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The French Dispatch (Wes Anderson, 2021)
The Dictionary of Obscure Sorrows, an ongoing multimedia project by John Koenig that archives original neologisms for universal but heretofore undefined subjective sensations, coined the term “anemoia” to describe nostalgia for a time you’ve never experienced. Surely Wes Anderson qualifies as world cinema’s most anemoic auteur, cramming each frame with loving allusions to the periods and personages that fill him with regret for not having known them firsthand. His previous live-action feature, The Grand Budapest Hotel, whisked us through the make-believe central European nation of Zubrowka, its old-world charm threatened by encroaching fascists and changing mores. Now his latest effort pays homage to The New Yorker magazine (here rechristened The French Dispatch), a self-styled institution whose bone-dry humor, aesthetic consistency, grammatical precision, and known-commodity cultural status make it the director’s literary analogue.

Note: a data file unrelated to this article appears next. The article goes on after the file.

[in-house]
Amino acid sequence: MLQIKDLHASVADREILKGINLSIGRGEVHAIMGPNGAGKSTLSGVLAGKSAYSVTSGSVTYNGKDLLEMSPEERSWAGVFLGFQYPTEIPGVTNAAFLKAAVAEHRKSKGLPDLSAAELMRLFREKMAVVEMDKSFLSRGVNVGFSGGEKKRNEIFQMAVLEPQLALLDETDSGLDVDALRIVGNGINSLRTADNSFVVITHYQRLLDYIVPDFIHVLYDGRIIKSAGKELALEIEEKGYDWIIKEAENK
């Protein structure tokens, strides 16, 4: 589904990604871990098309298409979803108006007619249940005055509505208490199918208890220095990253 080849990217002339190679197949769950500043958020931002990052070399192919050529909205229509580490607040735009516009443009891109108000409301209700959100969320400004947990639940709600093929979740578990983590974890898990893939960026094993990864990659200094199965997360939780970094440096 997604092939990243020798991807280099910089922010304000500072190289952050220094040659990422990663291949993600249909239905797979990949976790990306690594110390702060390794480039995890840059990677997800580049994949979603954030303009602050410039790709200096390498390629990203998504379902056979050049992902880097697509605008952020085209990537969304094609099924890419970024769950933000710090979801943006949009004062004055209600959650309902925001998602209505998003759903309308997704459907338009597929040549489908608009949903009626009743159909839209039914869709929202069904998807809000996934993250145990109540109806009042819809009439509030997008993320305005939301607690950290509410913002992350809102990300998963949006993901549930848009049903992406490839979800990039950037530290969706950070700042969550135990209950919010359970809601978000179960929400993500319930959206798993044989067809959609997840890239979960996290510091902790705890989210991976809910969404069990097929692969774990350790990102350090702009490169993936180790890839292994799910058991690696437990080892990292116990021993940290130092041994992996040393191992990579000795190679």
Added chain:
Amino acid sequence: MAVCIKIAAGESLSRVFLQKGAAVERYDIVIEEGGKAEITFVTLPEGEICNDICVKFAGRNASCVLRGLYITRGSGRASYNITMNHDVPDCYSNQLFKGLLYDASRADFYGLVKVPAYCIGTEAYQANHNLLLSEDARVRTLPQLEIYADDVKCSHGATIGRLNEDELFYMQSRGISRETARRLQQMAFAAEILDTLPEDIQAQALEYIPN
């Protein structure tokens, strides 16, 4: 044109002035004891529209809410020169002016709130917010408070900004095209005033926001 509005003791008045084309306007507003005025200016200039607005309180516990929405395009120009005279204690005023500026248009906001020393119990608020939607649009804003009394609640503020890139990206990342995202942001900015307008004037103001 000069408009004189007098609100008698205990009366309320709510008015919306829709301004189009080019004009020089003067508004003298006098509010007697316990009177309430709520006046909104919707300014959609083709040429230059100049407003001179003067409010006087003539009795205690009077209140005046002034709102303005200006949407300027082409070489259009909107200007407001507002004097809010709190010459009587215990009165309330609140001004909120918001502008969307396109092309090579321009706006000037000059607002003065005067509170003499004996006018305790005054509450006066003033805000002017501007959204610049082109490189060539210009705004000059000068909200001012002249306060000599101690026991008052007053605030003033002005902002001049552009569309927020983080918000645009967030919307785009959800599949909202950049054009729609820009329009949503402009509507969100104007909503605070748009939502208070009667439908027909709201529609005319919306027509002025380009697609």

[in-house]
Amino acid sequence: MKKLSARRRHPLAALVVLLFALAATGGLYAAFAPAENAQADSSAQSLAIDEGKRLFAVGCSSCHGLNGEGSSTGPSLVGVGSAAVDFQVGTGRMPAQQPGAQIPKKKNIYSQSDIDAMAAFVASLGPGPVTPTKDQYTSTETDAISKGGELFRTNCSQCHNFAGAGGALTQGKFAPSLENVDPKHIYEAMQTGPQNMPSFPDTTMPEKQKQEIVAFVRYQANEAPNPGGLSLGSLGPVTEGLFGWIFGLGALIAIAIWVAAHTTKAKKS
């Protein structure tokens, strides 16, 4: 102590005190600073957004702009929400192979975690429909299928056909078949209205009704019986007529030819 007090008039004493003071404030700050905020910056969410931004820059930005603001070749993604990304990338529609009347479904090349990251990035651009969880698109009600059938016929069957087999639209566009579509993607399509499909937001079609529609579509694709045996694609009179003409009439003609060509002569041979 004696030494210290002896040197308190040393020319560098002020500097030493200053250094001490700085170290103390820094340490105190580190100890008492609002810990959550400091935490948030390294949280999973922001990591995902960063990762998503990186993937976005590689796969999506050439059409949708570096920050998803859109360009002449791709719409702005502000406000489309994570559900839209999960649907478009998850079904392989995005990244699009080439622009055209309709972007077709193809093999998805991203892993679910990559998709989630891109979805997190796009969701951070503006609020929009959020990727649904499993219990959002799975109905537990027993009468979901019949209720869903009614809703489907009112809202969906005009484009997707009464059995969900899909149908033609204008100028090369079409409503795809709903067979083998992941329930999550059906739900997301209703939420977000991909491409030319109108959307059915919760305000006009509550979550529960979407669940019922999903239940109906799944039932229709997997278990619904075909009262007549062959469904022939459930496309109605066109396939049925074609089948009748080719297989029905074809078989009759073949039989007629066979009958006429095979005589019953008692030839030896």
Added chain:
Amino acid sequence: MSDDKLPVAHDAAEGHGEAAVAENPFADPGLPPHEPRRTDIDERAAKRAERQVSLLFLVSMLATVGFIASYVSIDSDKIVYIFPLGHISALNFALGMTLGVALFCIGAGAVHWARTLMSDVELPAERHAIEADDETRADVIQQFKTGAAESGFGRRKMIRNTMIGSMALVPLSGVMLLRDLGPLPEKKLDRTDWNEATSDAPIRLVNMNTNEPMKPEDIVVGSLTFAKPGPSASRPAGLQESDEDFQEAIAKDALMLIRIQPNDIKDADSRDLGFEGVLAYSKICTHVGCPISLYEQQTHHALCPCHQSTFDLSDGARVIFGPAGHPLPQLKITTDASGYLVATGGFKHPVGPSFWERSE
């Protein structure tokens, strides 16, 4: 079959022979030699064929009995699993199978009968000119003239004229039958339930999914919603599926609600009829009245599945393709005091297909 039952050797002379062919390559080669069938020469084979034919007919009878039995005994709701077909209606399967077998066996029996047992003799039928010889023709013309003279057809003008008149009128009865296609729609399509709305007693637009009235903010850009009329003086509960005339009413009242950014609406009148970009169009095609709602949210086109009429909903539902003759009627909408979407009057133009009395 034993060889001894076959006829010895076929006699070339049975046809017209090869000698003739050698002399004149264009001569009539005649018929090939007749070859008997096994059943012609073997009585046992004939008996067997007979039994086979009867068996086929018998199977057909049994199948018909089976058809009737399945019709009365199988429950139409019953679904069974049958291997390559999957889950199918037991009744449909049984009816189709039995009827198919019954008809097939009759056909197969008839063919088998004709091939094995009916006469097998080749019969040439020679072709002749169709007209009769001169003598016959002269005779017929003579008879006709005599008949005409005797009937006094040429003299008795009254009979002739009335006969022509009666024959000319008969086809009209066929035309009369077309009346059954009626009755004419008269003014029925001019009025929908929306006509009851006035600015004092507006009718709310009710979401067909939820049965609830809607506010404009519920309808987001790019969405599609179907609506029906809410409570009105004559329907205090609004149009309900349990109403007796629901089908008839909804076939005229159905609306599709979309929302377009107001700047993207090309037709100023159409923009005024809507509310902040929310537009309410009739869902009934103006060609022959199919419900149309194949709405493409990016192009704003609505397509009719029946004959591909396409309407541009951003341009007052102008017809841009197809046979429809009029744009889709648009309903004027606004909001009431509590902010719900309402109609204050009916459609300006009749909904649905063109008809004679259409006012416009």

For this anemoic critic who runs hot and cold on Anderson, the question is not why he persists in indulging his fetishes filmafter film (the prerogative and basic criterion of an auteur), but why a body of work obviously born out of love and longing is so cold to the touch. I think it’s because his brand of nostalgia is so specialized and object-centric that it doesn’t invite ready fellowship, and seldom elicits an unmitigated emotional response. Yet I’d stop short of calling him a shallow materialist who plays with bespoke dollhouses (the view of his most reactionary naysayers); indeed, I believe the opposite is true: he regards the past not merely as a simpler time when people dressed with panache and held fast to their idiosyncrasies, but as a world not unlike our own, as suffused with inequity and benighted belief systems as ours will appear to our heirs, and likewise verdant with grace and elegance particular to its moment. Rituals now outmoded and forgotten were executed with great care, and the objects Anderson treasures to a sometimes alienating degree embody both inherent beauty and utility in performing tasks no longer accomplishable: yesterday’s necessities are today’s museum pieces. (Indeed, as I write these words I gaze across the room at the VCR that’s served me adroitly since the early aughts; when it goes, it will take with it my access to many of the films that enticed me into this profession, itself now barely recognizable to past practitioners.)